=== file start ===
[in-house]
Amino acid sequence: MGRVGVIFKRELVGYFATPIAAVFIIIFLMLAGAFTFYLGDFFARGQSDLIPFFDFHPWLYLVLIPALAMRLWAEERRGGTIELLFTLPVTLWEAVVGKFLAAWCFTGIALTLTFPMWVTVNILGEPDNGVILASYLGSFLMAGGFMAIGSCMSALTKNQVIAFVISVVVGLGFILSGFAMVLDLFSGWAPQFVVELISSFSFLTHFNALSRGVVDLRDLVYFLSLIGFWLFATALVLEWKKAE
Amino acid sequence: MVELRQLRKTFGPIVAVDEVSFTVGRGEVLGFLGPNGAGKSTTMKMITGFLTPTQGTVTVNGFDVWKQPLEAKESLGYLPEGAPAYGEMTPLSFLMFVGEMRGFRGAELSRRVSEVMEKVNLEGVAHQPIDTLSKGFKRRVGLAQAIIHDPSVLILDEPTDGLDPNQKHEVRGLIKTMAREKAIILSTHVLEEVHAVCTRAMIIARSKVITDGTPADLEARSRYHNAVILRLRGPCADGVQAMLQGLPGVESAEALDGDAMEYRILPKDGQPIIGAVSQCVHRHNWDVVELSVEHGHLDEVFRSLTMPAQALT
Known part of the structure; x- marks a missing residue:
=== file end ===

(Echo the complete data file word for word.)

[in-house]
Amino acid sequence: MGRVGVIFKRELVGYFATPIAAVFIIIFLMLAGAFTFYLGDFFARGQSDLIPFFDFHPWLYLVLIPALAMRLWAEERRGGTIELLFTLPVTLWEAVVGKFLAAWCFTGIALTLTFPMWVTVNILGEPDNGVILASYLGSFLMAGGFMAIGSCMSALTKNQVIAFVISVVVGLGFILSGFAMVLDLFSGWAPQFVVELISSFSFLTHFNALSRGVVDLRDLVYFLSLIGFWLFATALVLEWKKAE
Amino acid sequence: MVELRQLRKTFGPIVAVDEVSFTVGRGEVLGFLGPNGAGKSTTMKMITGFLTPTQGTVTVNGFDVWKQPLEAKESLGYLPEGAPAYGEMTPLSFLMFVGEMRGFRGAELSRRVSEVMEKVNLEGVAHQPIDTLSKGFKRRVGLAQAIIHDPSVLILDEPTDGLDPNQKHEVRGLIKTMAREKAIILSTHVLEEVHAVCTRAMIIARSKVITDGTPADLEARSRYHNAVILRLRGPCADGVQAMLQGLPGVESAEALDGDAMEYRILPKDGQPIIGAVSQCVHRHNWDVVELSVEHGHLDEVFRSLTMPAQALT
Known part of the structure; x- marks a missing residue: